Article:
The dot­ing dad who knows he may die be­fore he sees his baby son grow up:

Wales On Sunday - - FRONT PAGE - ROBERT DALLING news­desk@waleson­line.co.uk

FOR most new par­ents, ev­ery mo­ment they spend with their new­born is pre­cious. But that is es­pe­cially so for one Cardiff dad.

Jack Dono­van and his wife Amy Prothero wel­comed their first child, Jaxon, into the world on Novem­ber 8 last year, weigh­ing in at 8lb 13oz.

Whereas most par­ents would now be look­ing ahead to a long and happy life watch­ing their child grow up and hit­ting mile­stones, the story is trag­i­cally dif­fer­ent for Jack.

The 29-year-old has a brain tu­mour and, be­cause he does not have a chro­mo­some called 1P19Q, his can­cer treat­ment is not as ef­fec­tive – mean­ing his re­main­ing life ex­pectancy has halved from about 15 years to seven.

It means he is mak­ing the most of ev­ery day he gets to spend with his son, who turned 10 months old yesterday.

“Be­ing a dad is re­ally, re­ally fun,” he said.

“I’m re­ally look­ing forward to watch­ing him grow up as long as I can. I’m look­ing to take ev­ery­thing day by day and en­joy my time with him.

“At first I pushed it to the back of my mind and tried not to think about it. It is re­ally hard know­ing you might not get to see him grow up. It’s pretty sad.

“I try not to think about it but some­times some peo­ple ask and when you sit on your own it is pretty sad.

“I’m not able to work at the mo­ment and my duty is to try and stay alive and hope for a cure.”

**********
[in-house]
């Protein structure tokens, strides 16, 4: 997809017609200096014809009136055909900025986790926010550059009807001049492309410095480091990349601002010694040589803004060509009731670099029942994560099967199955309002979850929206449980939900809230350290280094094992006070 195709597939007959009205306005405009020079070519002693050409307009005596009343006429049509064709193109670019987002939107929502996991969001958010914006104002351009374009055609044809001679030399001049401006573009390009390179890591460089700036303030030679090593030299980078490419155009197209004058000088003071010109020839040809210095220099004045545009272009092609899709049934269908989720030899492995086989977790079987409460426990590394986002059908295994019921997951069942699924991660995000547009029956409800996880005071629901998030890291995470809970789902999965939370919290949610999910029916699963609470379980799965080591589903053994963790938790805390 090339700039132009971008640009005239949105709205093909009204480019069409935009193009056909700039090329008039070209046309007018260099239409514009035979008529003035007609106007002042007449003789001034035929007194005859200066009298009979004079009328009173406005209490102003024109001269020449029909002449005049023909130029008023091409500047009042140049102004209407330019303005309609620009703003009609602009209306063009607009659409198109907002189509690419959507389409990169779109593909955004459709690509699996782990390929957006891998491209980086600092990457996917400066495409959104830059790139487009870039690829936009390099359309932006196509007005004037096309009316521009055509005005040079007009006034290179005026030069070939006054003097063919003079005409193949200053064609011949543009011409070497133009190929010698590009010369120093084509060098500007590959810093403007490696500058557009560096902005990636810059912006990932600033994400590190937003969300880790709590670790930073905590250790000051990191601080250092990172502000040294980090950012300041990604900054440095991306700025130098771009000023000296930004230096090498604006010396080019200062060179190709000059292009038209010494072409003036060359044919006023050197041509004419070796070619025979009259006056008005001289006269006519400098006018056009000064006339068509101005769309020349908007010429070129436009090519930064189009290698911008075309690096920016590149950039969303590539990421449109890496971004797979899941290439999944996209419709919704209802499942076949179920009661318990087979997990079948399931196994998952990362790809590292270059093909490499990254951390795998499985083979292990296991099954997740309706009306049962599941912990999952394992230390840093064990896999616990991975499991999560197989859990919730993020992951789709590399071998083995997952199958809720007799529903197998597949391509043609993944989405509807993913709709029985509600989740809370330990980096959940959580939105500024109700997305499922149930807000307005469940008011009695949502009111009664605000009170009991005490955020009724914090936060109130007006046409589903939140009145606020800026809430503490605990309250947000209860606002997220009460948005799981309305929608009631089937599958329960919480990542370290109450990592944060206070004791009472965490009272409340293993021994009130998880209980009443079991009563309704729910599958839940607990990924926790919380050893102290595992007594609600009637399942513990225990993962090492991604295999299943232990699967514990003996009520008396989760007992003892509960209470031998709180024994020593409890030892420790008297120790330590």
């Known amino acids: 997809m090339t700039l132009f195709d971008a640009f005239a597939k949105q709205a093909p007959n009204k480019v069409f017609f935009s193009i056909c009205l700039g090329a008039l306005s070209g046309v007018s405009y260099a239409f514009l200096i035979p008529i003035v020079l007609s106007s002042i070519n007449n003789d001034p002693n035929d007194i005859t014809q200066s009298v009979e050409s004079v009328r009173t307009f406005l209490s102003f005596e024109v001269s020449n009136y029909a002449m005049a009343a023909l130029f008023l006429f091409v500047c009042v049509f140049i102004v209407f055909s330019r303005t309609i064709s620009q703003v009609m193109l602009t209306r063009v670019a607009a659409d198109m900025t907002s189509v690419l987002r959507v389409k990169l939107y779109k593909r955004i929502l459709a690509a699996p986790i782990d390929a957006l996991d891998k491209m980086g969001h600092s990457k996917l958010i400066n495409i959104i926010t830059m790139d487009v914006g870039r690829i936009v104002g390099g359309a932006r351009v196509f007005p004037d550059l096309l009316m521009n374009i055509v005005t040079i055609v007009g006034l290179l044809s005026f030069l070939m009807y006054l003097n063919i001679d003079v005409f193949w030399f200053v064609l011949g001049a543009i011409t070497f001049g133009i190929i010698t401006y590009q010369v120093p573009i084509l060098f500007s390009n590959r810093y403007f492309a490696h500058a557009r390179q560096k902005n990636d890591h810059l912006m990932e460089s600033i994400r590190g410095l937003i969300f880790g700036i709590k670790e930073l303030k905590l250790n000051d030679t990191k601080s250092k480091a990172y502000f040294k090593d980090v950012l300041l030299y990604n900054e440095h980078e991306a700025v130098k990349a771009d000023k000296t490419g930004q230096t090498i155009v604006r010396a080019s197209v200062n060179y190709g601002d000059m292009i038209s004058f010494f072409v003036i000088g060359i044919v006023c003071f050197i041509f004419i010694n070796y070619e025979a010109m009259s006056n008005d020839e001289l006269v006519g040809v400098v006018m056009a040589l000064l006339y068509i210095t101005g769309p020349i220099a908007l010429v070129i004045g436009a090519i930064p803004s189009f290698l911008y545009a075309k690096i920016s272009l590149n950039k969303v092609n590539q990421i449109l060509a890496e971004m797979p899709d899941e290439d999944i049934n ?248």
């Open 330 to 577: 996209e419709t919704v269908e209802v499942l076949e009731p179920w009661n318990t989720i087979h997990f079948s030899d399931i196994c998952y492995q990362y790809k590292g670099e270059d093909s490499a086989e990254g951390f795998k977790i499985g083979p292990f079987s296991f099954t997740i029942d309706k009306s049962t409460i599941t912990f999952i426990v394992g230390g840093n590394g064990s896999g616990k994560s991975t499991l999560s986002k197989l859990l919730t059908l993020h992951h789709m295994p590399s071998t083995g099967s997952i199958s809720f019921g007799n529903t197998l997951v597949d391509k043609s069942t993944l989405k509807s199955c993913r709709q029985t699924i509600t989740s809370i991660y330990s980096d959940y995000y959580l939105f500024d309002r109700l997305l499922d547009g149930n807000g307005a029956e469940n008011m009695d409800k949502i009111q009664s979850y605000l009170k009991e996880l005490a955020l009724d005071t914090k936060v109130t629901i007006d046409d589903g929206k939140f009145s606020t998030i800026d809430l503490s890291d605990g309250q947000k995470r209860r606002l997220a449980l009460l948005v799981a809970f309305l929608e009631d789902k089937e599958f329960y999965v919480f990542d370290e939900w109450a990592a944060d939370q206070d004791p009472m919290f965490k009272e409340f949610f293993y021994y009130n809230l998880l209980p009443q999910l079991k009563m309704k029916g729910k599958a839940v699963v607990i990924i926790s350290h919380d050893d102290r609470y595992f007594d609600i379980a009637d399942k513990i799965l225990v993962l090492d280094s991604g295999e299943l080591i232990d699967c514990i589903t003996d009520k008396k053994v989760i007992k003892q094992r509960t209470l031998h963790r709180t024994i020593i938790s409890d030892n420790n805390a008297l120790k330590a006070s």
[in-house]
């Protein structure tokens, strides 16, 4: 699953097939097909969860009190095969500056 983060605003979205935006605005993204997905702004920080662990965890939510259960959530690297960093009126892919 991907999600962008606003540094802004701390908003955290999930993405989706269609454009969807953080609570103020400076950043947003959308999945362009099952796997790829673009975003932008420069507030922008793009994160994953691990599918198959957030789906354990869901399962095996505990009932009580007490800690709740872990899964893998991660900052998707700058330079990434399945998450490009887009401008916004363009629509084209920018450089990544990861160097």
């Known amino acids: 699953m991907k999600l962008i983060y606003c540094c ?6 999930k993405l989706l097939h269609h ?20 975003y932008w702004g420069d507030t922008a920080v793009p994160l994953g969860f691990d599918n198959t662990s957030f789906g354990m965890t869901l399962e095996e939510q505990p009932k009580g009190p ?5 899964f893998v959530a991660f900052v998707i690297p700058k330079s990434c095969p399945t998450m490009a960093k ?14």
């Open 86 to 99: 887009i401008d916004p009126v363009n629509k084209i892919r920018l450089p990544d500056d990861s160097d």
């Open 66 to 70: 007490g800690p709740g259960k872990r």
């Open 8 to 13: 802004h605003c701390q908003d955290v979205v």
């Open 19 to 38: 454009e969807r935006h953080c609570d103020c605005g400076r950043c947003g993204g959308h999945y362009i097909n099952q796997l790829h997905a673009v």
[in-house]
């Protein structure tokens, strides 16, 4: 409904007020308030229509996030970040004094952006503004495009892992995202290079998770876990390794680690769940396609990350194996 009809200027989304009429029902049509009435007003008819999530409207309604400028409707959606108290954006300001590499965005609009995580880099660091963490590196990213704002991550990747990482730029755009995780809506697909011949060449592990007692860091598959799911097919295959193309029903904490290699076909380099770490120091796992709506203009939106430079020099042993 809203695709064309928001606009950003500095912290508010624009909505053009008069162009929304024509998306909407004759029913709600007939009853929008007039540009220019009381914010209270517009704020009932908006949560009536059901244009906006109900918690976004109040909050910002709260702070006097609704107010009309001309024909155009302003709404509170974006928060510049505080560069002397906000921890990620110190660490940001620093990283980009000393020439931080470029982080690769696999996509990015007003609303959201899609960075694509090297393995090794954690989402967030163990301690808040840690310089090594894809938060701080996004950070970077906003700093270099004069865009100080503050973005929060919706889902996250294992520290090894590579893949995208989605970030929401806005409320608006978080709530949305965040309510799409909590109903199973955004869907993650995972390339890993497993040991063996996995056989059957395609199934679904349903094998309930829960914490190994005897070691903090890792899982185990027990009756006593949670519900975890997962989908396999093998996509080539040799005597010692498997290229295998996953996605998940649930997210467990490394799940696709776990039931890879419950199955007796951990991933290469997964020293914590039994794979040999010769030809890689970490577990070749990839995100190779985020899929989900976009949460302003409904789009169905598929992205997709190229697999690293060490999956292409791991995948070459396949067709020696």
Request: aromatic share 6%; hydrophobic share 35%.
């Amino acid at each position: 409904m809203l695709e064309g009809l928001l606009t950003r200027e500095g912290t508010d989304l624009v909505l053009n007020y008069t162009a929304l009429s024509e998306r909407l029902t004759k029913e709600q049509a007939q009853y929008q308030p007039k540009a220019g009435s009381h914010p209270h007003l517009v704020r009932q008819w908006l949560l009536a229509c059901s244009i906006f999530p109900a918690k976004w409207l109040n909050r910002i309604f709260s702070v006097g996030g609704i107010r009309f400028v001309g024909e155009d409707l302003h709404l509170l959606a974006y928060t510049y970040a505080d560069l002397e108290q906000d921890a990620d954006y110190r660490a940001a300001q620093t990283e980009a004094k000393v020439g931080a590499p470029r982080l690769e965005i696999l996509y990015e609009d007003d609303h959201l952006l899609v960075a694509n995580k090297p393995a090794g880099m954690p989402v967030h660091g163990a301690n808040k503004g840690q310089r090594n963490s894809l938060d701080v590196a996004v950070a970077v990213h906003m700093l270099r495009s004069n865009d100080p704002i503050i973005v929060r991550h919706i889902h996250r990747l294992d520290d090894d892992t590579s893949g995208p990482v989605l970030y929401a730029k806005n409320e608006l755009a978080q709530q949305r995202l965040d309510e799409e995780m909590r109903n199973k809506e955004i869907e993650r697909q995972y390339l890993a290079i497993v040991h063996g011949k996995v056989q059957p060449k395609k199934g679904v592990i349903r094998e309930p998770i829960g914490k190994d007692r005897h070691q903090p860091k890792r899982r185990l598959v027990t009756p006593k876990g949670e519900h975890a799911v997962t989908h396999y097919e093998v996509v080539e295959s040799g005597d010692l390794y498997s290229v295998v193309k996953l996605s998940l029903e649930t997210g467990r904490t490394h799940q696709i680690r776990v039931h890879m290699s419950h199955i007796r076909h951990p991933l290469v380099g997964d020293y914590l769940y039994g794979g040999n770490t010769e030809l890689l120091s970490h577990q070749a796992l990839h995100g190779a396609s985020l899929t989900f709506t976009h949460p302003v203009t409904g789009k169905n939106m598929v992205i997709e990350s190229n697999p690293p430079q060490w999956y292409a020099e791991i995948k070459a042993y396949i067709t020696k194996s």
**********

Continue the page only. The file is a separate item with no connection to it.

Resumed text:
Amy, 26, de­scribed their lives to­gether as “bit­ter­sweet”.

She said: “You want that ex­tra part of Jack but know­ing Jaxon can’t have Jack for as long as you want is tough.

“Any­one can die to­mor­row but when you know it’s a lot harder liv­ing that way.

“You ask your­self ‘Will he see him do­ing this?’ or ‘Will he see him do­ing that?’ – es­pe­cially now with par­ents putting stuff on Face­book about their kids go­ing to high school, you do think, ‘Will he be around for that mo­ment?’

“It’s some­thing you can’t switch off.

“It’s some­thing I don’t get used to but we’ve got to deal with it.

“When I first found out I was preg­nant you ask if it’s fool­ish bring­ing a child through an up­bring­ing when all this is hap­pen­ing. But the answer is ‘not at all’ – we’re lucky to have him and to share our mem­o­ries to­gether.”

Doc­tors are not go­ing to carry out surgery, as Jack’s tu­mour is too close to his main blood ves­sel.

He is in­stead re­ceiv­ing chemo­ther­apy and ra­di­a­tion treat­ment.

He vis­its the doc­tors ev­ery week or two, suf­fer­ing headaches, dizzi­ness and sickness.

He has also ex­pe­ri­enced the side ef­fects of tablets and has changed them four times. Jack has to un­dergo an MRI scan ev­ery six months, as well as neu­rol­ogy ap­point­ments ev­ery three months, while he also ex­pe­ri­ences neu­ro­log­i­cal pain from his epilepsy.

His con­di­tion means get­ting up early in the morn­ing is a “no-go” for him, which he finds frus­trat­ing as it means he can spend less pre­cious time with Jaxon.